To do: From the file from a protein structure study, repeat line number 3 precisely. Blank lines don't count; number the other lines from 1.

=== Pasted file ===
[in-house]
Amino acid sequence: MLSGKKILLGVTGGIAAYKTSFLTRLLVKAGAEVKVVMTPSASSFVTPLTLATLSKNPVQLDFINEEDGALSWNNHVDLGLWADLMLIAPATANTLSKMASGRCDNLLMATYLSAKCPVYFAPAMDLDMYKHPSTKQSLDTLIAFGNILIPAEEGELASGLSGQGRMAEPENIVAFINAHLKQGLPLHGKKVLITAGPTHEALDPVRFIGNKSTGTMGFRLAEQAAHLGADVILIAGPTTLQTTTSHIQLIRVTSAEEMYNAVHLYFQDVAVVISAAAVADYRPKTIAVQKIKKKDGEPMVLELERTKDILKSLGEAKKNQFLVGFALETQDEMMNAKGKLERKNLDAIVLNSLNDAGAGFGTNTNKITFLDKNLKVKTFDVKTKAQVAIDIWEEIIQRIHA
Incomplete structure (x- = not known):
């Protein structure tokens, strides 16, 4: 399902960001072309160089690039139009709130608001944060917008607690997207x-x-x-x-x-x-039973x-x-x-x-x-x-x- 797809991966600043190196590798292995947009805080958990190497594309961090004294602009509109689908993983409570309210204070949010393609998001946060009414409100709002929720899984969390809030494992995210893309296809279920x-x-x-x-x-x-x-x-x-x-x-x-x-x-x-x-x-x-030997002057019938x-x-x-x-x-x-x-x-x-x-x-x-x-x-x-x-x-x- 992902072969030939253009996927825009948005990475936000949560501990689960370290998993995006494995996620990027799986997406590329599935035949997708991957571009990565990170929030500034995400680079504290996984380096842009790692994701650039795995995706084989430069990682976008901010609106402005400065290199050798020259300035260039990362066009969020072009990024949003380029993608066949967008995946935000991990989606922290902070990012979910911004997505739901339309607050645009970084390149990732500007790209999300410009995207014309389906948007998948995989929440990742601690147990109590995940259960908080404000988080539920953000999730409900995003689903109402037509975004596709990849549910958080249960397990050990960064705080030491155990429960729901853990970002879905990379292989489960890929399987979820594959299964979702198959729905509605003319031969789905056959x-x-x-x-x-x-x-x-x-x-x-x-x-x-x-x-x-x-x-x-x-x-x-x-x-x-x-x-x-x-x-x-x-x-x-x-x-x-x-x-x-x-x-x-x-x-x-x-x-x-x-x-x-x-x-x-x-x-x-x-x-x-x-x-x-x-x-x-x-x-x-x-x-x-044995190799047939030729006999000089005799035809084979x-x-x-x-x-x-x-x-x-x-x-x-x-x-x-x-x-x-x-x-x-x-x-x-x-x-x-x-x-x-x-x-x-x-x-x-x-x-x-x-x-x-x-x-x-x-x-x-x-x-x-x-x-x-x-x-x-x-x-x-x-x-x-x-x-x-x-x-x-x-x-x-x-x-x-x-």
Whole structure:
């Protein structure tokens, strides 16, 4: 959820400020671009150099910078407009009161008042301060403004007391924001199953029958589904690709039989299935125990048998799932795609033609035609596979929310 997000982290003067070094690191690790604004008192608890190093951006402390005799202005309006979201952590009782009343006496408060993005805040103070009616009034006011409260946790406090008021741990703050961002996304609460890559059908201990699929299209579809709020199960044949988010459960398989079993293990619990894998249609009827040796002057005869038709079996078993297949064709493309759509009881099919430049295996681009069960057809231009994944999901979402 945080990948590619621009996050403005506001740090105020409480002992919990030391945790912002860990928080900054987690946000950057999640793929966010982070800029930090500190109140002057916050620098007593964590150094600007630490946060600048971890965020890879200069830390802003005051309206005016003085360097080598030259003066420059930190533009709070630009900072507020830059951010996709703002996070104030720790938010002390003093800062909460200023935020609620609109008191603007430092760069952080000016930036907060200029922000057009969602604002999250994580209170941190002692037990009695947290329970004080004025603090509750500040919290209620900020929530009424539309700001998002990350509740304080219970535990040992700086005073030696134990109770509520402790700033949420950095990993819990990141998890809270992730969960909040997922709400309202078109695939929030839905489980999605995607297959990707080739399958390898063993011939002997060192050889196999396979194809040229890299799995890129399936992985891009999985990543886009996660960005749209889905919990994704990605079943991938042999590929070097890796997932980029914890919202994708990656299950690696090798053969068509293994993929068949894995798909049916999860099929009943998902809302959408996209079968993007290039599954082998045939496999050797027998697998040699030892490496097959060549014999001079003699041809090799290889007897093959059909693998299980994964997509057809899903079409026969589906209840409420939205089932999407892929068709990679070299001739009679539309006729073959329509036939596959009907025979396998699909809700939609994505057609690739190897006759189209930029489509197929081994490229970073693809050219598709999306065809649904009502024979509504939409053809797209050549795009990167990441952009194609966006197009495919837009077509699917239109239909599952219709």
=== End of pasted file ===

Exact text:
Incomplete structure (x- = not known):